“Judge Chalfant’s ruling vindicates a lot of what we have been arguing for months in individual cases—that George Gascón’s policies were illegal and wrong,” Sam Dordulian, an attorney who represents several families of crime victims in L.A., told The Epoch Times.
The families Dordulian represents argue that Gascón’s directives prevent justice for the crimes against their loved ones by decreasing penalties for those convicted.
Since taking office Dec. 7, Gascón has followed through on his promise to “reimagine public safety” by issuing directives that emphasize rehabilitation and other social programs he says have been shown to reduce recidivism. He has sought to phase out what he characterizes as an outdated “tough-on-crime” approach that focuses more on incarceration.
His policies have been criticized by judges, victims, a former district attorney, and deputy district attorneys.
But Gascón maintains that he is carrying out the will of the 2 million people in L.A. County who voted for him to overhaul the justice system. His directives are “based on science and data, not fear and emotion,” he said in a Feb. 8 Twitter post.
While the judge did prohibit some of Gascón’s directives, Chalfant also acknowledged that the DA represents the will of the voters and should not be unduly inhibited.
His ruling reads: “The public interest strongly weighs in his favor. He has almost unfettered discretion to perform his prosecutorial duties. … He was elected on the very platform he is trying to implement and any intrusion on this prosecutorial discretion is not in the public interest unless clearly warranted.”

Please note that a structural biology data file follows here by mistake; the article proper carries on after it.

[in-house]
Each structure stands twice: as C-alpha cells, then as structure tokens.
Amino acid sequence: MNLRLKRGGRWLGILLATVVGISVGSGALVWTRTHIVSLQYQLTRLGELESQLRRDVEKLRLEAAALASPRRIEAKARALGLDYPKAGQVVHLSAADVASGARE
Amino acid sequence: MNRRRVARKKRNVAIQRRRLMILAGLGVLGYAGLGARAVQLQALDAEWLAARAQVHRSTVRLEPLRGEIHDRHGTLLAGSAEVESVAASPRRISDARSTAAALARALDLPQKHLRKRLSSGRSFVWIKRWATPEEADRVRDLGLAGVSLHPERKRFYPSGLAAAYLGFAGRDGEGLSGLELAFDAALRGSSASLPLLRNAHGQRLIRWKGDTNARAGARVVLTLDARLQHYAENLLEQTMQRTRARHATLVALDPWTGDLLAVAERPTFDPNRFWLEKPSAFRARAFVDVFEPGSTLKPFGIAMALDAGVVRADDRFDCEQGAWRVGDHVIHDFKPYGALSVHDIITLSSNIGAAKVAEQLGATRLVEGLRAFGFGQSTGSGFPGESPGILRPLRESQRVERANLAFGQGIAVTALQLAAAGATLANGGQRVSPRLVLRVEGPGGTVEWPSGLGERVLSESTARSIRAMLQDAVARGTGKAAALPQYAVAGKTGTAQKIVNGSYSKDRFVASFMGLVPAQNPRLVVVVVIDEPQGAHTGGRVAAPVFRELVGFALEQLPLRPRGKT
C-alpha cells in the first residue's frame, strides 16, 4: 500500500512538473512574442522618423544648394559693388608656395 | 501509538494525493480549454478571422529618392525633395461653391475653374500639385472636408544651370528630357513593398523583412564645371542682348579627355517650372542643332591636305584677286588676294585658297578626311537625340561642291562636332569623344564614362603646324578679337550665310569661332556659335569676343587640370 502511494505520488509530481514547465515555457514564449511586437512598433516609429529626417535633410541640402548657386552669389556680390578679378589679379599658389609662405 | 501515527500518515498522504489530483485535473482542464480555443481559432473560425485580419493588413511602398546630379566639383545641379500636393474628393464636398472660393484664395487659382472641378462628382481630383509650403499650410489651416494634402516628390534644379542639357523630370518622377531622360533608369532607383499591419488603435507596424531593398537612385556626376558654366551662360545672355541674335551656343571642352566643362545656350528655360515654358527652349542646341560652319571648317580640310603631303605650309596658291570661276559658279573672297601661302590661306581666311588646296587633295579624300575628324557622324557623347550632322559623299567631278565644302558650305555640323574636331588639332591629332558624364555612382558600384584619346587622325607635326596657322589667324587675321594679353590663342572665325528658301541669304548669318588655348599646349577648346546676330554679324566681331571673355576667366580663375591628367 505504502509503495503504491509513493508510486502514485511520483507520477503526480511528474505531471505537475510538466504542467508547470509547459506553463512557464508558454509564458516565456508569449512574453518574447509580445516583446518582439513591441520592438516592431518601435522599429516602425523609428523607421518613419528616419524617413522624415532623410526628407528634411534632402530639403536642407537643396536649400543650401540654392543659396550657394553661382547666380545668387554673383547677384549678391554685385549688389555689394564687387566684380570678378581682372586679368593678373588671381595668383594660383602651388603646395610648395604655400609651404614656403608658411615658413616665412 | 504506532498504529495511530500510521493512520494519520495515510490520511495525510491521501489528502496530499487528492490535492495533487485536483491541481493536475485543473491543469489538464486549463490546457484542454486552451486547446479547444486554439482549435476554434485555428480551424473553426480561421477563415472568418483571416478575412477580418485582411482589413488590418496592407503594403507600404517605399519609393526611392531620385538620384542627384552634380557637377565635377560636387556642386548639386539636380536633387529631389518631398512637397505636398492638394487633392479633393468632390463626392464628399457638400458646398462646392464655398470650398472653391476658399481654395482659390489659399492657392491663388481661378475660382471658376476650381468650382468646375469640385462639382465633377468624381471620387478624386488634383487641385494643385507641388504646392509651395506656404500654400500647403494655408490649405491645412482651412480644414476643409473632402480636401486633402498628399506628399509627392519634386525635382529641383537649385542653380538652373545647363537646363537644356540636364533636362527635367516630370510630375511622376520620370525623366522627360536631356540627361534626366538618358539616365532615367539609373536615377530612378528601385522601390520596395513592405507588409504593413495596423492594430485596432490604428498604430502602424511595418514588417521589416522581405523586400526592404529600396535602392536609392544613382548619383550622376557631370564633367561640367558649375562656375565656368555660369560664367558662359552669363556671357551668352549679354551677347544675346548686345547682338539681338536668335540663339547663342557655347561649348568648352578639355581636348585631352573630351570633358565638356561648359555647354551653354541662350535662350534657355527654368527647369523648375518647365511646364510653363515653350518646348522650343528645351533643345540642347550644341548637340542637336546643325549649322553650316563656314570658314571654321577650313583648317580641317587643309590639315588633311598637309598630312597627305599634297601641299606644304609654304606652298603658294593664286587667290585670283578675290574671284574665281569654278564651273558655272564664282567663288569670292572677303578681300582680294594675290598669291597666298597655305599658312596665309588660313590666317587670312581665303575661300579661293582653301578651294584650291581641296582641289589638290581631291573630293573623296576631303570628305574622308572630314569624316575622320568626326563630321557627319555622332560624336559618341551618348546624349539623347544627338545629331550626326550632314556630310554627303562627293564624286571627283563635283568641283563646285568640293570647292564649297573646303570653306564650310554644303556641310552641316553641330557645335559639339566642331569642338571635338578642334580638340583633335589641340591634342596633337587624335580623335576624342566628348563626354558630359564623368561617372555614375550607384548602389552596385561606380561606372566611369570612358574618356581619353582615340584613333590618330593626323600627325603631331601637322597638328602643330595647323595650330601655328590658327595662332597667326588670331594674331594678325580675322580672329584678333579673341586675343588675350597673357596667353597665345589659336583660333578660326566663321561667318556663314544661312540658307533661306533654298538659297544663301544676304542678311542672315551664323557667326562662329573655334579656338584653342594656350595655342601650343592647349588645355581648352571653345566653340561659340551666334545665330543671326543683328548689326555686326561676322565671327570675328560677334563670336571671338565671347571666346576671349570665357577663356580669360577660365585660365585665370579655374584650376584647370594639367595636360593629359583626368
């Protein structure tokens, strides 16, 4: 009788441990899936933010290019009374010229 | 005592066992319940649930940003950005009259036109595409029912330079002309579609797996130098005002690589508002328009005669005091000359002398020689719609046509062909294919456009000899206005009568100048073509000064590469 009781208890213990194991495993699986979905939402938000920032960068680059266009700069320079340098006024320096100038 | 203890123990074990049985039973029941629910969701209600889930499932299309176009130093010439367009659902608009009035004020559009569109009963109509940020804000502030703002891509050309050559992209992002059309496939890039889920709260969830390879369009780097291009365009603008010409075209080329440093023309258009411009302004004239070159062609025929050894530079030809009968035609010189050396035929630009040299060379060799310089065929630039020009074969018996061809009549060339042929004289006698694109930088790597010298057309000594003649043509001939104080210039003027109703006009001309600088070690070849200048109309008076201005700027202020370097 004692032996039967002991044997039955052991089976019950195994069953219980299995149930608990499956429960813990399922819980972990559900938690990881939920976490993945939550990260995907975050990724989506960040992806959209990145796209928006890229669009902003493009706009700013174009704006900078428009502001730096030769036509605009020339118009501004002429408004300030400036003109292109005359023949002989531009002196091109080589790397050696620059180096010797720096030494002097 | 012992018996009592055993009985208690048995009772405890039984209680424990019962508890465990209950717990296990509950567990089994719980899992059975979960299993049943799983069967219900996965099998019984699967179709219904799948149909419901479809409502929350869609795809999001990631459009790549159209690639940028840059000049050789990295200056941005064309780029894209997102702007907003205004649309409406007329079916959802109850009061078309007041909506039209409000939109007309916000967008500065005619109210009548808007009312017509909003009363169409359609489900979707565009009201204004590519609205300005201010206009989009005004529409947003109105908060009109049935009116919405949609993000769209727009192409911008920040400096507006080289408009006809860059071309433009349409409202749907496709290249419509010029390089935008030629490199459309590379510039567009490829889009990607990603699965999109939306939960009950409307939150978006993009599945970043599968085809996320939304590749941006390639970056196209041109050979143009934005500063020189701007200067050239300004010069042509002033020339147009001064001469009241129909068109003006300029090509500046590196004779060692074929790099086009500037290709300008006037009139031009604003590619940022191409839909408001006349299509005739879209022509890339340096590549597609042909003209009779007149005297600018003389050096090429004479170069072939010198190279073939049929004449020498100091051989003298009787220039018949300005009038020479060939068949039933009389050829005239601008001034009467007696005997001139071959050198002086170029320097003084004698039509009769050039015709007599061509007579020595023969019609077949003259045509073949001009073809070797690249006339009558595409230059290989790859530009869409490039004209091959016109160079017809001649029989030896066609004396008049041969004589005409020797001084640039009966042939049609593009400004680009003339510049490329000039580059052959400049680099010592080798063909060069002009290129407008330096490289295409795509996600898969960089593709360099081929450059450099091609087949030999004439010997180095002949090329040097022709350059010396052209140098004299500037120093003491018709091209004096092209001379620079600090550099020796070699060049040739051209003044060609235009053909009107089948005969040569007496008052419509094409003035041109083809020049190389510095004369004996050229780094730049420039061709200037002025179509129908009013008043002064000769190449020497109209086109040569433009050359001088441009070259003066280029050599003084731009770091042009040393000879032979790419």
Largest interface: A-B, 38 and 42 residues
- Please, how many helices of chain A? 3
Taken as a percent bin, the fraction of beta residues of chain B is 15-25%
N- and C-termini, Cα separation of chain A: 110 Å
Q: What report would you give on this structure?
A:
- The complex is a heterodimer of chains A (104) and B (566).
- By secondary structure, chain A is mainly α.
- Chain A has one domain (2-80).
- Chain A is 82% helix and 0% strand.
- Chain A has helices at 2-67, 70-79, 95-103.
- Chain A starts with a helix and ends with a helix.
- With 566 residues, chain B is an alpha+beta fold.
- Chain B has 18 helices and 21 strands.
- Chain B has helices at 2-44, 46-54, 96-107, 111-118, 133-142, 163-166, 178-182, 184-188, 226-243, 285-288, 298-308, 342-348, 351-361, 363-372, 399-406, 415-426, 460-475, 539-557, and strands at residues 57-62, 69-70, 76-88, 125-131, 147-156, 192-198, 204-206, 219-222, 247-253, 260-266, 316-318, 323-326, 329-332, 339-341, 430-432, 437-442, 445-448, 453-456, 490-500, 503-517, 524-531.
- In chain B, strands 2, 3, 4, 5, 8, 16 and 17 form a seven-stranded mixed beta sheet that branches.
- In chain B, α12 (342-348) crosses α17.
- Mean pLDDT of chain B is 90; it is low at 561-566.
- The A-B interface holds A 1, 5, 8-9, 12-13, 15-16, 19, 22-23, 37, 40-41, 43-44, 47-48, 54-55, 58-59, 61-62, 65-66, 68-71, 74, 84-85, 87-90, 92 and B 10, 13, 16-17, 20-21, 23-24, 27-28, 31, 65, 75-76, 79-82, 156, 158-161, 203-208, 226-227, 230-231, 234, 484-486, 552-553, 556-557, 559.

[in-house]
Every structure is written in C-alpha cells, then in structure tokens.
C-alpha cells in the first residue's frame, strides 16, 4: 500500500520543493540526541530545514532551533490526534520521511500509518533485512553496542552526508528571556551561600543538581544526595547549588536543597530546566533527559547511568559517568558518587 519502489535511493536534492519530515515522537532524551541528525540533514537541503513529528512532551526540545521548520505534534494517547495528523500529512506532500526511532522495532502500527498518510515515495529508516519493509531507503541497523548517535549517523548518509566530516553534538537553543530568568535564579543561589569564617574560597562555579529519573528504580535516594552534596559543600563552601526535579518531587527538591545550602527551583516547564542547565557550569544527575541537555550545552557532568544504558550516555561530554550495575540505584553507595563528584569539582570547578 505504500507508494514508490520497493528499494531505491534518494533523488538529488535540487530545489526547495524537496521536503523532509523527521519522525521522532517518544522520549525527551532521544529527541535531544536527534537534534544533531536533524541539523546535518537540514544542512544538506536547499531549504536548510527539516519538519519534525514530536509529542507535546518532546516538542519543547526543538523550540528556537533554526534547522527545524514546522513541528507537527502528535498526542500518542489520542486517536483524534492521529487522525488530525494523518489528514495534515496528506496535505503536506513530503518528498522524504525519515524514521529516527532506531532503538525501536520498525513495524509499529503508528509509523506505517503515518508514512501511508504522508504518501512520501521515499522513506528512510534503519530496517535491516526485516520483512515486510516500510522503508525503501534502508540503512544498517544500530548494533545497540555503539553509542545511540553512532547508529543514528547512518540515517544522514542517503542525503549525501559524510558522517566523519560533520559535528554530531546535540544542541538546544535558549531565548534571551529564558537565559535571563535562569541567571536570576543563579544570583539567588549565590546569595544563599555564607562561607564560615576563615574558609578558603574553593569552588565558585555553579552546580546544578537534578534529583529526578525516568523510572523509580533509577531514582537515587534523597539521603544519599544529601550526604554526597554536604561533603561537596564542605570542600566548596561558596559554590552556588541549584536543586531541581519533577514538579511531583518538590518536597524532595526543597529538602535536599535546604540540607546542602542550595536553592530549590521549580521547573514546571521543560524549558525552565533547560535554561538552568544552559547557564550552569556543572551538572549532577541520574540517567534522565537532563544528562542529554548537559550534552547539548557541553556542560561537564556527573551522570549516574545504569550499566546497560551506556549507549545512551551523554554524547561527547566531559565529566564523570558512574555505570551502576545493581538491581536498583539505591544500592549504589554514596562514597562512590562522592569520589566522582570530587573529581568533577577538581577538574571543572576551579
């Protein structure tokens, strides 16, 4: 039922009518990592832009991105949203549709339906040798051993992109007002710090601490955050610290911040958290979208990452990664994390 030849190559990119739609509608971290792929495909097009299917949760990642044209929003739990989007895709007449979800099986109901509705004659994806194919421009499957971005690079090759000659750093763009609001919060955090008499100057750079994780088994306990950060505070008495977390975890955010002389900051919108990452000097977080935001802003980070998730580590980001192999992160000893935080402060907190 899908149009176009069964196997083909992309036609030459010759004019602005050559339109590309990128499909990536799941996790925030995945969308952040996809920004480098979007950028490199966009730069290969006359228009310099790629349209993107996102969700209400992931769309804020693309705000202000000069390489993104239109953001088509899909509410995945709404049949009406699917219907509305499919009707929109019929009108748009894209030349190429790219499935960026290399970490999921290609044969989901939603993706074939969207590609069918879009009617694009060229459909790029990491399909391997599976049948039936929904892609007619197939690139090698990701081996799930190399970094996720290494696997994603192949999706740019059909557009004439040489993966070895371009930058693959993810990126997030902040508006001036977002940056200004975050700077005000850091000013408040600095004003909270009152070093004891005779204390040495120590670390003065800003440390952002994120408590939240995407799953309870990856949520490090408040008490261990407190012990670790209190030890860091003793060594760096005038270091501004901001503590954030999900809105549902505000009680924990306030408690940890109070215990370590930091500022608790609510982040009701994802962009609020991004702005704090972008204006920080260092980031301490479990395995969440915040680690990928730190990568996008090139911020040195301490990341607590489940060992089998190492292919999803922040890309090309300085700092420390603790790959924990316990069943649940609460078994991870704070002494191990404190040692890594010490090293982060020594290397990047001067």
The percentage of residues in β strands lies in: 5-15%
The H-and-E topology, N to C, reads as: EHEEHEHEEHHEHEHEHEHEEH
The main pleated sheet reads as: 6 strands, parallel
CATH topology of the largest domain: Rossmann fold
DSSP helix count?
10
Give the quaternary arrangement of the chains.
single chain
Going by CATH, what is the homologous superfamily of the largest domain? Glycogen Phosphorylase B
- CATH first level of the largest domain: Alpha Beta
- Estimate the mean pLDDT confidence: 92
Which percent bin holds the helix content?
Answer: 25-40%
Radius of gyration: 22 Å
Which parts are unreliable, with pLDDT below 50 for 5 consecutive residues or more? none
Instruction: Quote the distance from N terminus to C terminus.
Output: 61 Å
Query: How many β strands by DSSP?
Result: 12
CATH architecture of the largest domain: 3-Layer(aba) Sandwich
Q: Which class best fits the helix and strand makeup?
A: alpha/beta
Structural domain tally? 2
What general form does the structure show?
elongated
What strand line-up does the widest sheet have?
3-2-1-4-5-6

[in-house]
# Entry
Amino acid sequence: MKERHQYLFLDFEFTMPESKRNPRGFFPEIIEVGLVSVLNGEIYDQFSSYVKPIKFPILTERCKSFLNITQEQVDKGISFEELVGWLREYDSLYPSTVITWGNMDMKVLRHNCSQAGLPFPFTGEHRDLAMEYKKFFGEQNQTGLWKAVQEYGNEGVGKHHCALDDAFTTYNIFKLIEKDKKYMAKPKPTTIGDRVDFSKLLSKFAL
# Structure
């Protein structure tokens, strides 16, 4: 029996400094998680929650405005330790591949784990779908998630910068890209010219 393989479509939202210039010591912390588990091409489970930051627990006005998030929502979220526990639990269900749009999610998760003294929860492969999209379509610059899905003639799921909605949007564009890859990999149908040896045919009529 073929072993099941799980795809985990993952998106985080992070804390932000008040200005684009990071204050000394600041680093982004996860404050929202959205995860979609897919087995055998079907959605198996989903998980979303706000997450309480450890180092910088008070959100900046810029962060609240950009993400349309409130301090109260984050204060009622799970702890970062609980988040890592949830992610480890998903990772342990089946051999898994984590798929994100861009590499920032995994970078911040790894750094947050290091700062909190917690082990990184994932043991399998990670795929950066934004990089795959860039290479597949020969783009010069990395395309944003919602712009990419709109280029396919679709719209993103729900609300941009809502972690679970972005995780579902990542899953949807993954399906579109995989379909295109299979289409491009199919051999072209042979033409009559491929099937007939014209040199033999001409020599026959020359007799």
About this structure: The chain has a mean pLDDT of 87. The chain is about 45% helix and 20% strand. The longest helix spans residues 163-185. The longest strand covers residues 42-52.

Three Strikes Law
One policy the judge singled out as “unlawful” was Gascón’s attempt to eliminate the Three Strikes law, which gives defendants a sentence of 25 years to life if convicted of three violent or severe felonies.
The ruling noted a point made by the Association of Deputy District Attorneys (ADDA), who filed the lawsuit: “Gascón’s argument about the will of the County voters who elected him ignores the will of the 5.9 million voters—70% of the California electorate—who voted for the Three Strikes law.”
In Gascón’s view, the Three Strikes law represents “a legacy of California’s ‘tough on crime’ era … [that] exacerbate[s] racial disparities in the justice system.”
The ADDA said in a statement: “As the court ruling makes clear, this decision was based on what the law is and not what an officeholder thinks it should be. The court ruled as we expected in holding that the District Attorney cannot order his prosecutors to ignore laws that protect the public from repeat offenders.”
The judge also took issue with a script Gascón issued to DDAs. Gascón instructed them to read it out during court proceedings to dismiss or withdraw any enhancements that could add time to a suspect’s sentence.
A portion of the script states, “It is the position of this office that [these enhancement laws] are unconstitutional … [they] provide no deterrent effect or public safety benefit of incapacitation—in fact, the opposite may be true, wasting critical financial state and local resources.”